Hoping that nothing else would go wrong, I moved on. The next item was the canopy. The windscreen and rear section are a single piece with the canopy itself as separate. Naturally, it didn't fit. This was because the 'seat' was too tall and angular. A bit of trimming got the clear bit to fit. Then came the canopy. Now I'm not sure how kits are engineered and designed in Korea, but it seems as if this one had all the parts done by separate people who didn't talk to each other. The canopy was in no way even close to the part that it had to fit. In addition to being too large, it had an odd rear sweep that didn't match the rear of the fuselage. I tried to sand it down to fit, but that was a lesson in total futility. Not wanting to do any more work than needed, I eventually used a spare P-36 vac canopy. I cut it to fit and then superglued it over the top of the opening. Yes, none of the canopy frame lines matched, but when I masked the clear bits, I cut the tape for the canopy section to somewhat match what was already there on the aft section . Not pretty, but at this point, I didn't care that much. BTW, I used Acrabond superglue (info in the T-34C review) and it did not have any problems with fogging. Only problem I had was when I smudged the right quarter window when gluing it in place with Pro-Weld. Finally, I glued on the tail skid.

With that in place, it was time to consider some sort of paint scheme.  


I recently reviewed Aeromaster 48-455 that had some interesting schemes for the 406. I'm a sucker for experimental camouflage and chose a nearly overall light blue grey scheme from one of the factory protection flights. Using up the last of my Aeromaster paint (sniff...) in this color, I sprayed the entire airframe with the Light Blue-Grey. later, small streaks of Green and Brown were painted onto the upper surface of the aircraft.

When it was dry, the kit was returned to the bench and the landing gear struts were glued in place. These were a simple butt join, but since it has a wide base, the join was very good and solid. The kit  wheels were a joke, so I spent the $2 on a set of True Details resin wheels. Well these babies are weighted, but they are done as if the wheel is vertical on the strut. The 406s wheels are anything but vertical leaning over at a rather extreme angle. The only thing to do was to sand off as much of the bulge as possible and then mount the wheels. It isn't as pretty as if they were properly designed in the first place, but better than the kit one.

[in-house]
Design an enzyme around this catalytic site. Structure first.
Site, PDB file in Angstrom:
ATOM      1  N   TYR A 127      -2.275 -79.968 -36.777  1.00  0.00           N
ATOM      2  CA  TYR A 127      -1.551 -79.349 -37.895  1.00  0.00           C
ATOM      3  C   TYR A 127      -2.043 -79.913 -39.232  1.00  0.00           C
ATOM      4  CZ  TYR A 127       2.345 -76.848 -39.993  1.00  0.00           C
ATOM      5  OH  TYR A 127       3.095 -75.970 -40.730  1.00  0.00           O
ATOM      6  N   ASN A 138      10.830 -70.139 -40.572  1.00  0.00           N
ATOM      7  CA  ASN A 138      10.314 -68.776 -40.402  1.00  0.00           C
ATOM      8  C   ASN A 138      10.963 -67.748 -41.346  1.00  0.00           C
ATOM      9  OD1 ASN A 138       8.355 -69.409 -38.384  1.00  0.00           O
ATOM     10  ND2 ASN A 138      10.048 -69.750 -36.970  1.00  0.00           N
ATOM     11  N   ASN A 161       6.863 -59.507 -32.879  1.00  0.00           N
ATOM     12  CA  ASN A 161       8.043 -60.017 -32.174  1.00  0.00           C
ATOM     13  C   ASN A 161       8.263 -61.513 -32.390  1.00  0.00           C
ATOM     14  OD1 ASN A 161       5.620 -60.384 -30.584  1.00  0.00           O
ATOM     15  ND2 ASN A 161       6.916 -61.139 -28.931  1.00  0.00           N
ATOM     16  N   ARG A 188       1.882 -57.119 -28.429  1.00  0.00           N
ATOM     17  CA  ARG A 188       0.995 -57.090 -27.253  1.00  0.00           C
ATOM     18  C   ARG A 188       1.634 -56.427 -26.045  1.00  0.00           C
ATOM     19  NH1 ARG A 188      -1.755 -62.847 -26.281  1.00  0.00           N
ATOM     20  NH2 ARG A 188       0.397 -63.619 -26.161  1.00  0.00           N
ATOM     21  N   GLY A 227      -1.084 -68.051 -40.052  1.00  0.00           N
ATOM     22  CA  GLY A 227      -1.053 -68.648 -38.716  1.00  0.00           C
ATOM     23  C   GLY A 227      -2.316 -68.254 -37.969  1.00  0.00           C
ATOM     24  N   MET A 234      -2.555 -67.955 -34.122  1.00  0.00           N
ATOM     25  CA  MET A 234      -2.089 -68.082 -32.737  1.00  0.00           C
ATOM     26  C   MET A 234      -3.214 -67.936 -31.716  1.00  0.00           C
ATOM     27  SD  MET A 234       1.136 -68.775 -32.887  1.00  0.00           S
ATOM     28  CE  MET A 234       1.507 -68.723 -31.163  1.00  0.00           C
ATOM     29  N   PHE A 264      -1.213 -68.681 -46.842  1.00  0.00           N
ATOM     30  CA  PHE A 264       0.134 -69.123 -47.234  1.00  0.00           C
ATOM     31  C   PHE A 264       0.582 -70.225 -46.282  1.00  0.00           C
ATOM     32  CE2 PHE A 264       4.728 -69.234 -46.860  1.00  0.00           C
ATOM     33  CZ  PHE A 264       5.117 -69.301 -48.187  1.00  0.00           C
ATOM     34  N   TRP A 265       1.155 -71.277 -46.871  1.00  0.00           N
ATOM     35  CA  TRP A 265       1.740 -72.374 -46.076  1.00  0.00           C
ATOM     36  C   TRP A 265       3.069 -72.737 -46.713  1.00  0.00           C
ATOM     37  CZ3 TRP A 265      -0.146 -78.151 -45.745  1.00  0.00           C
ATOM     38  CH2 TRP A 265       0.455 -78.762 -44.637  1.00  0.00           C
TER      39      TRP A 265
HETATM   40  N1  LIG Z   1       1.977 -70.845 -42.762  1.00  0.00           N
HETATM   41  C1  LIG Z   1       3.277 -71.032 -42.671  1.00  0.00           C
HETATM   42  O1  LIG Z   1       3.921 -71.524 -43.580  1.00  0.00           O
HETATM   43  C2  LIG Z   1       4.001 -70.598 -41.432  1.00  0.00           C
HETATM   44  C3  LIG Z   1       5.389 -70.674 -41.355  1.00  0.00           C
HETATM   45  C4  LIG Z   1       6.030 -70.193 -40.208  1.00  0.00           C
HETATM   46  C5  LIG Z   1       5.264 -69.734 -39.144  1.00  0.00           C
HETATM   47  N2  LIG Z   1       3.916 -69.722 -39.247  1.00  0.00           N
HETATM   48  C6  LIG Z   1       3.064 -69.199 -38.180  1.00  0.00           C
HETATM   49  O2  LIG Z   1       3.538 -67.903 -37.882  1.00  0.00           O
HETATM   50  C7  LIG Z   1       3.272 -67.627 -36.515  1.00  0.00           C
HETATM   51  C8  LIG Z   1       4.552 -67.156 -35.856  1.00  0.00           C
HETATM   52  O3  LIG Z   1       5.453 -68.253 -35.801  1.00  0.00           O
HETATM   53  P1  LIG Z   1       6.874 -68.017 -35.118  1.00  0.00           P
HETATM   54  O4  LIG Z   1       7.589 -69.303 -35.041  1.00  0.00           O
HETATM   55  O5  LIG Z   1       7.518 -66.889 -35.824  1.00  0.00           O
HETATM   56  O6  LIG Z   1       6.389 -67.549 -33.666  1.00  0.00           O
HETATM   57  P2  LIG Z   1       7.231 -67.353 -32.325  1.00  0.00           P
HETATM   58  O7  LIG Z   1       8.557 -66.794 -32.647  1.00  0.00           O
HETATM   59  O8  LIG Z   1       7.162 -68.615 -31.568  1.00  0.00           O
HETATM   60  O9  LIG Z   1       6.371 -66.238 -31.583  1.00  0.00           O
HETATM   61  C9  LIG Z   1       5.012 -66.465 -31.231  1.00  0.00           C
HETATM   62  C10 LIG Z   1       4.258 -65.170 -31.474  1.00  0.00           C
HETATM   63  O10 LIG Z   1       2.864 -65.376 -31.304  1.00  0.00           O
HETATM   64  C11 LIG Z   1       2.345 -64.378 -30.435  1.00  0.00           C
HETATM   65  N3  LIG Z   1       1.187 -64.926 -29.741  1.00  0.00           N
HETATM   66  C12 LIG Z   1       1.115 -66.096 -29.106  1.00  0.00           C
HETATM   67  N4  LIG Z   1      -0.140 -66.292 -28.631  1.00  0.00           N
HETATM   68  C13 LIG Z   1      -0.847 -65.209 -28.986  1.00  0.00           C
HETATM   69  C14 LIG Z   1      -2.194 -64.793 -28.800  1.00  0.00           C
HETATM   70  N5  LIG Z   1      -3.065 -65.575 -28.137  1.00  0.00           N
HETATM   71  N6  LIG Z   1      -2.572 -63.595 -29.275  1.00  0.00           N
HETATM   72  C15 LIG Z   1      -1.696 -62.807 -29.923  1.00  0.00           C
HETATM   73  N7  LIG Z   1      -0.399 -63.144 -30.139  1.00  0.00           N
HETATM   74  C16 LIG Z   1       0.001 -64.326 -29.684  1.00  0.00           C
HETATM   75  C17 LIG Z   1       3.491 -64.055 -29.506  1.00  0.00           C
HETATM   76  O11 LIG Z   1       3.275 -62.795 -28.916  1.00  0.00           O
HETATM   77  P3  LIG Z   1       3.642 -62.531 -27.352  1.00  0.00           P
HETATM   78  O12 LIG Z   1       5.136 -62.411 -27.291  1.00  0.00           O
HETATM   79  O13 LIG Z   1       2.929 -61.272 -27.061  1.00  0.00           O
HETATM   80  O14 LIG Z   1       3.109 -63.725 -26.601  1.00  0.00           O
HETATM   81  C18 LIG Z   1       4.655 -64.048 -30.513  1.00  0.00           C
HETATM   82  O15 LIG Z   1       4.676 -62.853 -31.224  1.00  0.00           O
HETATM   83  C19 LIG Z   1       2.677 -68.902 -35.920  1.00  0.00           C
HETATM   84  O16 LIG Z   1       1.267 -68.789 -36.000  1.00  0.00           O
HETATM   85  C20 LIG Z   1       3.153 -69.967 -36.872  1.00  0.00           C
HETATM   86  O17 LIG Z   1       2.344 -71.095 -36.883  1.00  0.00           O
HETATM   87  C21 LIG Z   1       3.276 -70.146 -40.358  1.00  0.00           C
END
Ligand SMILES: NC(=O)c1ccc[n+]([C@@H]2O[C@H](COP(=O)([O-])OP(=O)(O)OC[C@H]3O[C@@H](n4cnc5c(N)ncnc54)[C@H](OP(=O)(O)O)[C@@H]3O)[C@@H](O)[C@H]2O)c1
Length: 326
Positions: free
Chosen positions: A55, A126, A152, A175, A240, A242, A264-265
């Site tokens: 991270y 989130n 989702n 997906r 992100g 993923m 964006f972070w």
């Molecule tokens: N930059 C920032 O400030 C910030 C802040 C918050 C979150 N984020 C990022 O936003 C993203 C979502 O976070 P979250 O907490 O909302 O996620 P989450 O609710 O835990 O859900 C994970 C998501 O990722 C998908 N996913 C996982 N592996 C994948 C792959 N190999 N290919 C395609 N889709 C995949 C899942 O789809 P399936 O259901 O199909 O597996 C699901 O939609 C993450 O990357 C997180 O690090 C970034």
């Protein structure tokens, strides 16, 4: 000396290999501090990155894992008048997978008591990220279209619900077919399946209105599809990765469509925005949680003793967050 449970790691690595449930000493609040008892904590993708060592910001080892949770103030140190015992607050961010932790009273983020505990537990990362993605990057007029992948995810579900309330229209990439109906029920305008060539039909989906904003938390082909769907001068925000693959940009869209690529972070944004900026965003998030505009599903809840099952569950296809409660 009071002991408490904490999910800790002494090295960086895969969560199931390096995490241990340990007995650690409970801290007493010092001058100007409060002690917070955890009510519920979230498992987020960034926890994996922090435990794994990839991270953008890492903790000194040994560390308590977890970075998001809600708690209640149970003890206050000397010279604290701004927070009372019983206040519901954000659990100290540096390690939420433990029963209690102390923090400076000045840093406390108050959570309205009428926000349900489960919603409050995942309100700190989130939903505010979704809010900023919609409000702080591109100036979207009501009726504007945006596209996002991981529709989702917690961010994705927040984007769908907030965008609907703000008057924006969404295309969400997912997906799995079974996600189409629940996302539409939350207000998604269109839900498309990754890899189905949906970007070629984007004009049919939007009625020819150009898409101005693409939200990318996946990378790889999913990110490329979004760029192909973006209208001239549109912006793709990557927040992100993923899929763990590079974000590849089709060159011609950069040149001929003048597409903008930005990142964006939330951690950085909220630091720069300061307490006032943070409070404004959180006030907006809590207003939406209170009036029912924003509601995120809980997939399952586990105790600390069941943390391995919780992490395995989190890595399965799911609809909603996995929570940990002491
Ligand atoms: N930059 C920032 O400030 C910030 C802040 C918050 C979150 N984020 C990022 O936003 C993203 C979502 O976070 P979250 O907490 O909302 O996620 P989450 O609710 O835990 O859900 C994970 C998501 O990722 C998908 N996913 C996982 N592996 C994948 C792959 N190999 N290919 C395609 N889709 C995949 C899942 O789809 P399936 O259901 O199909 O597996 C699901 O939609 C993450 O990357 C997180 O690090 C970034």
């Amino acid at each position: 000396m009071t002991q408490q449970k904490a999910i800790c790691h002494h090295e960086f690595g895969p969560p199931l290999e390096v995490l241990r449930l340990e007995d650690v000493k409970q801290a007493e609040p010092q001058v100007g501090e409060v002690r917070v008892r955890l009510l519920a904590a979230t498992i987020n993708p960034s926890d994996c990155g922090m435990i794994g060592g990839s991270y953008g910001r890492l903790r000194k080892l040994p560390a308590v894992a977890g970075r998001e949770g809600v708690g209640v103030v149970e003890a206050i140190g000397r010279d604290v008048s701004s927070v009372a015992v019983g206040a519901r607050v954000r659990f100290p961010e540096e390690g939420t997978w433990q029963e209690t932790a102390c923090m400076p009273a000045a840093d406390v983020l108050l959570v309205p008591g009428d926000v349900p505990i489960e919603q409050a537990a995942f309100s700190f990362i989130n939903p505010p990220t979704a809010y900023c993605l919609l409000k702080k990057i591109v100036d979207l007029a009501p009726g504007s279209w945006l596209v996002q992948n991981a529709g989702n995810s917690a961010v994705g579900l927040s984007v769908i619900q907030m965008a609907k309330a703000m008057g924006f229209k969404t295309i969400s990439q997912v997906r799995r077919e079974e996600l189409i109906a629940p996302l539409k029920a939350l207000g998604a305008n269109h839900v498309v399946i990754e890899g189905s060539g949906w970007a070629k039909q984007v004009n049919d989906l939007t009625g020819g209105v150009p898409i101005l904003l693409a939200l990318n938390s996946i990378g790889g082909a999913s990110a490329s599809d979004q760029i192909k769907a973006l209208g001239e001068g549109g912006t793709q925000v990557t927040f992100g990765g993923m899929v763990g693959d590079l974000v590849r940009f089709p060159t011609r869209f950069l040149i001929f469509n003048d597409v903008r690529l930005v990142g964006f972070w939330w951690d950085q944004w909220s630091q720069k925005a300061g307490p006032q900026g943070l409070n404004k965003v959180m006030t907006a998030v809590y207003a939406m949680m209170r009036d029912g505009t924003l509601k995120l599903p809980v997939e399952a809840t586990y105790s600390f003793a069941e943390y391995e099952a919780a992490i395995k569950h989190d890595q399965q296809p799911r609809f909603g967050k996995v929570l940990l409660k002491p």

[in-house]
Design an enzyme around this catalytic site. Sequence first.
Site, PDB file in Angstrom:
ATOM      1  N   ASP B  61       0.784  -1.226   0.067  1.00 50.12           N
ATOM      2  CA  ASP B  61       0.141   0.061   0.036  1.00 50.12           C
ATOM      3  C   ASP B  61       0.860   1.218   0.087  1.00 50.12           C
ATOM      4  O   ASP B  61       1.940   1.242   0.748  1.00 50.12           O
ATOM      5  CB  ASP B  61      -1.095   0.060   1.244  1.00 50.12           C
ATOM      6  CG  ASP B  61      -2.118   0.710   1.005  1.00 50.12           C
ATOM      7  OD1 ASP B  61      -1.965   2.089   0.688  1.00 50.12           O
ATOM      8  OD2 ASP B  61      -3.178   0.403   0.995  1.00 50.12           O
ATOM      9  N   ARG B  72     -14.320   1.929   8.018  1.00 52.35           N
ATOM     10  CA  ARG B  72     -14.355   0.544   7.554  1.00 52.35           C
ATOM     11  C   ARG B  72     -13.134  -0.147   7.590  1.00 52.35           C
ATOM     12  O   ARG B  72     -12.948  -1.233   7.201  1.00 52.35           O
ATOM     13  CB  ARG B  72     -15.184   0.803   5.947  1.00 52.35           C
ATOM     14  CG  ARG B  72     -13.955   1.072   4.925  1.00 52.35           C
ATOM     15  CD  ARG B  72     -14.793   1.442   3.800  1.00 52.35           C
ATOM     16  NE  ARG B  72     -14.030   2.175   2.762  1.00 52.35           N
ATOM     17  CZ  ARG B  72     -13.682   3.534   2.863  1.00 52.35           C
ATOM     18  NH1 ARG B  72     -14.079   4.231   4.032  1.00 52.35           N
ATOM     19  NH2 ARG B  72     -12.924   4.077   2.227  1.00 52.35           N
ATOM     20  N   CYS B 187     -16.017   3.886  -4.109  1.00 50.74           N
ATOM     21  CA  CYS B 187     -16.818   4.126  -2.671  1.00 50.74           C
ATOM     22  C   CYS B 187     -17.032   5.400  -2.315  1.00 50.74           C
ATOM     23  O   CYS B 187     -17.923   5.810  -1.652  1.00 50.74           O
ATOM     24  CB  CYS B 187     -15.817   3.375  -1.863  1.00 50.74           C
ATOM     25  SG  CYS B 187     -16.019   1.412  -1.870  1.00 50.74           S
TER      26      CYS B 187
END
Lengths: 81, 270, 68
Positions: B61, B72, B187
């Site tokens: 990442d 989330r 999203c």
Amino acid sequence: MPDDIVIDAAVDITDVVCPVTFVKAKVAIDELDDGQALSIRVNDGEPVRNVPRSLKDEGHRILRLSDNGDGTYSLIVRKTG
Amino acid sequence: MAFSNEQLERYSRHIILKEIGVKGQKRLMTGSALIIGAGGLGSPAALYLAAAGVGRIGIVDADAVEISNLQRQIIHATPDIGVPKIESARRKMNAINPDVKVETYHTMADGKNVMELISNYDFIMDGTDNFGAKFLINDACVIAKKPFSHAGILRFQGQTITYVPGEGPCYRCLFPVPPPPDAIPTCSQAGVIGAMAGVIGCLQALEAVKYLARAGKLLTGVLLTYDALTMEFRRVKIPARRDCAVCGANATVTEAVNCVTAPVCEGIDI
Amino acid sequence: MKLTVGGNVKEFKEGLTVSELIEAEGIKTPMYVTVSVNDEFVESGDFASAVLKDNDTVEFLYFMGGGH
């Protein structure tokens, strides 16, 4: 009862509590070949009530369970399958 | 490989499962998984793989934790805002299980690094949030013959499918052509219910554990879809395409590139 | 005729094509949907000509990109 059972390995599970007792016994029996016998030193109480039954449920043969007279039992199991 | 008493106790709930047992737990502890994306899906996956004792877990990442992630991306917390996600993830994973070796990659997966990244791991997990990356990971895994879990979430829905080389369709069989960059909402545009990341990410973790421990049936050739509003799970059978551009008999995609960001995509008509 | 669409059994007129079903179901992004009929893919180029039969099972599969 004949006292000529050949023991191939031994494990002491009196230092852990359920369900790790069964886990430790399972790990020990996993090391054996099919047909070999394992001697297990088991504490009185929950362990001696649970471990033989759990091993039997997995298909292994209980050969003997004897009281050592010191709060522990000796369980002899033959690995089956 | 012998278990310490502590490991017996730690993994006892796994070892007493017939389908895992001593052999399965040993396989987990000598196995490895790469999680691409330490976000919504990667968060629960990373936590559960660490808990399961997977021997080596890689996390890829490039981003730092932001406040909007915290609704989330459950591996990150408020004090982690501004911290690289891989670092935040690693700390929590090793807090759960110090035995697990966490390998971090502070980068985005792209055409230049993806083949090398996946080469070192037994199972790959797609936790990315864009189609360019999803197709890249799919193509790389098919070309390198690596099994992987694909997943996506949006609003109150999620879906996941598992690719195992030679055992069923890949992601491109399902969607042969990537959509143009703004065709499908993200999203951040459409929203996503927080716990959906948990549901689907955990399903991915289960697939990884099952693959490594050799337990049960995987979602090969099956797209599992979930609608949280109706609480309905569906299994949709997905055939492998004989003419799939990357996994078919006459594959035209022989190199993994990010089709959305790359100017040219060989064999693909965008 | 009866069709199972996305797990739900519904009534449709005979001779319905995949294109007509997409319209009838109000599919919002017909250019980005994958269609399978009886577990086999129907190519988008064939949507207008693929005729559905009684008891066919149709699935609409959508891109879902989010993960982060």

At this time, I sprayed on some clear acrylic gloss and when dry started to apply the decals. The decals are well done and didn't give any real problems. However, they were designed for the Classic Airframes kit. The rudder markings were WAY oversized so this leads me to believe that the Hobbycraft fin is too small or the CA one too large. The rest of the decals were not a problem. The under wing numbers actually fit well and I guess the wing is too broad as they should have intruded on the gear doors. Didn't come close.


This left not much to add. I glued the already painted gear doors on so that they looked somewhat proper. The machine guns that I broke off early in construction were replaced with some small tubing. I also couldn't see using the kit pitot tube as it was a scale foot thick! I used tubing for that as well. Really a waste of good tubing, but I generally do the best I can regardless of the quality of the kit. Then the exhaust ports were drilled out. I'd though of using the long sweeping exhaust stacks, but saw almost no pictures of planes using them. It would also have meant that I'd have to remove the small ones molded on the kit. NAH! The exhaust ports were drilled out just to have something to do. The radio masts were attached, the prop stuck in the hub and that then glued to the nose. The masking was removed, some exhaust stains added with pastels and I was done.


It isn't often that I build a kit that I can't recommend in some way. This is one of those. First of all, it is very poorly engineered and the fit in some very important areas is horrendous. Secondly, the kit is obviously just a caricature of the MS.406. Parts are too large or too small. Unless you live in Togo, really want an MS.406 in 1/48, and can't get anything else, I'd stay away from this kit. The only reason this one didn't end up in the trash was that I'm not going to let $12.00 worth of plastic beat me!

December 2002
# 1252  in a series


Fighters, Volume 1, William Green, 1960